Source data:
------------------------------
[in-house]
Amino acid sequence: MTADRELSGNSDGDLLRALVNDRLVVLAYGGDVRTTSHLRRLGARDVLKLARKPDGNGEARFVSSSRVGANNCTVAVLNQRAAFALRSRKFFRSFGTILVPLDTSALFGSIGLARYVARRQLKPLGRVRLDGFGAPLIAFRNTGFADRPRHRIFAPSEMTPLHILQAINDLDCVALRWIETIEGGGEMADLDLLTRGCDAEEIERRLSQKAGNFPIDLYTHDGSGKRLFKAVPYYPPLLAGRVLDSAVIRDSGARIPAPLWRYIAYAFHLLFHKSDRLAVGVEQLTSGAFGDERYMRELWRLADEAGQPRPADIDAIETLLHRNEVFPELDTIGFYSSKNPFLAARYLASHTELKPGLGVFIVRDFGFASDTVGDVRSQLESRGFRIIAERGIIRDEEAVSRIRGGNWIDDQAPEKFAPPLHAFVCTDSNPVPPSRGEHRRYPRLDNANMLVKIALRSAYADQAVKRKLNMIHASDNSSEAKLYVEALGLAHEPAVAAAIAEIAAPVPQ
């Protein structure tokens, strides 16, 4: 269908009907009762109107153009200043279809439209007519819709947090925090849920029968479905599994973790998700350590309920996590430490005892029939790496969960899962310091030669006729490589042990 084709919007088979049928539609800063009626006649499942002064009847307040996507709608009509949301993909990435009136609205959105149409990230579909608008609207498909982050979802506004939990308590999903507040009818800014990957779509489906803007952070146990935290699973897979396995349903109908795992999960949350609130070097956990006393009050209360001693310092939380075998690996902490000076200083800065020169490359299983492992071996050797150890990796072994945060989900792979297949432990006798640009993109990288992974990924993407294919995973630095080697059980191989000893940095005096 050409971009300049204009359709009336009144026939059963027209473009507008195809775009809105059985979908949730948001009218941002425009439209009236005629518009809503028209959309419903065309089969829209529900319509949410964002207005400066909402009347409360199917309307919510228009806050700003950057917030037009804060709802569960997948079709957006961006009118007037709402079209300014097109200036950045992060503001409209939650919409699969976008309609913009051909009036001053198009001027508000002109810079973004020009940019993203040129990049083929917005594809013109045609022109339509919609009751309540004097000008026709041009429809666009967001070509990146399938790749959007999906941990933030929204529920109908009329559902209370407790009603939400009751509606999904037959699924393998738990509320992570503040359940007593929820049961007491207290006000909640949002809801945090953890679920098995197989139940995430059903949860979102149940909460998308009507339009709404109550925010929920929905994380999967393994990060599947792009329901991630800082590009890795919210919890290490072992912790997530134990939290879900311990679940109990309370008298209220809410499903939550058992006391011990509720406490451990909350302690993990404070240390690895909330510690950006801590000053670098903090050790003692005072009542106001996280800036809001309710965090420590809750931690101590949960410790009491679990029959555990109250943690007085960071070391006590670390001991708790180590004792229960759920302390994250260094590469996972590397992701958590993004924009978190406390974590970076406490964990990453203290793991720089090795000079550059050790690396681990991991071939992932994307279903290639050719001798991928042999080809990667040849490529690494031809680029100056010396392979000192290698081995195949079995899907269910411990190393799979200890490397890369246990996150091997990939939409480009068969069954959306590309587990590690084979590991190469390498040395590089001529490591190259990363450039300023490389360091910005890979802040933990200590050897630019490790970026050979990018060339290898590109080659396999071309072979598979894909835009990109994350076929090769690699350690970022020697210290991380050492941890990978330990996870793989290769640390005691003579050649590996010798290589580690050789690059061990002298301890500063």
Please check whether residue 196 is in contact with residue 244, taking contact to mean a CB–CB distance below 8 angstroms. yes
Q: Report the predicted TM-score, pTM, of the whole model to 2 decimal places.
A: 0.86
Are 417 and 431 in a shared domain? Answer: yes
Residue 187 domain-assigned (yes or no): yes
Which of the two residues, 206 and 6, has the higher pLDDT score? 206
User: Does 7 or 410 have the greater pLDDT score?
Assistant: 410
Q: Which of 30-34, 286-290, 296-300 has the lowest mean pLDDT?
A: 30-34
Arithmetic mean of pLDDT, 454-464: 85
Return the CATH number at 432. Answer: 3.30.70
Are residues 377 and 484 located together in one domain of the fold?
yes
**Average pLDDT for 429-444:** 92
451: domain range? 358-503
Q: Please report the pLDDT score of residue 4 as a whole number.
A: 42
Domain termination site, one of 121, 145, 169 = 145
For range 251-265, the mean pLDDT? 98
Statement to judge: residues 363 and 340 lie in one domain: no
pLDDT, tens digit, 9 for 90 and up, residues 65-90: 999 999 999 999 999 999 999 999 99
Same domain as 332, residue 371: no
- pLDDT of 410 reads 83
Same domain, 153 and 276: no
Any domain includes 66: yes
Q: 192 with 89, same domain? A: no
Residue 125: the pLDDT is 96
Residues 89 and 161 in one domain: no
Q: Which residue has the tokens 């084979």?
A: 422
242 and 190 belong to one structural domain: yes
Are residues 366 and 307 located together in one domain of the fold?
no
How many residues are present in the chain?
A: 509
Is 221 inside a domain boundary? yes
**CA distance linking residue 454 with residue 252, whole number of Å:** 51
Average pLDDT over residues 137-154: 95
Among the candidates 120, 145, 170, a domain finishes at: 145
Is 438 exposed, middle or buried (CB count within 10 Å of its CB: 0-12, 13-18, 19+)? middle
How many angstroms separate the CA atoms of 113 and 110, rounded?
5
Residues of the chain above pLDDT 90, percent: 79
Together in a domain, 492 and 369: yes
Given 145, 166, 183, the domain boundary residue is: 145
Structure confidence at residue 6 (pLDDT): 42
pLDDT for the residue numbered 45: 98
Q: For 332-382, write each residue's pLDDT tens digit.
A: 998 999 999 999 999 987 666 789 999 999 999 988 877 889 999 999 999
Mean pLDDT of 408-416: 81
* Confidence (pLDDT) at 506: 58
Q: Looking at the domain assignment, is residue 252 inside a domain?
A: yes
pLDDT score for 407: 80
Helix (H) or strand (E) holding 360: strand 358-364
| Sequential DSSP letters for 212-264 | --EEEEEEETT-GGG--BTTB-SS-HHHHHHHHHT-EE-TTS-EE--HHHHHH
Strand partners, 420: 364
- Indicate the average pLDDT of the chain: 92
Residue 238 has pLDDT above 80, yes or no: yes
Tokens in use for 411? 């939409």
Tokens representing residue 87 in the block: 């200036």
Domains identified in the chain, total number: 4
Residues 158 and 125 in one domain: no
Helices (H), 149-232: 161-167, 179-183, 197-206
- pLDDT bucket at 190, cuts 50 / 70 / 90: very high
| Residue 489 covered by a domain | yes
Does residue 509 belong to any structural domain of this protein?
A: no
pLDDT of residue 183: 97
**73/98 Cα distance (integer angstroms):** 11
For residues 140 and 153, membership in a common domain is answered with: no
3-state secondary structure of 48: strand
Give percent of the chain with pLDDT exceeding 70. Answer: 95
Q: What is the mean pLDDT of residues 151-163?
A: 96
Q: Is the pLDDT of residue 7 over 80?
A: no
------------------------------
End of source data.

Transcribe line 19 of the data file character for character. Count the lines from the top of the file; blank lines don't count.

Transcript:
451: domain range? 358-503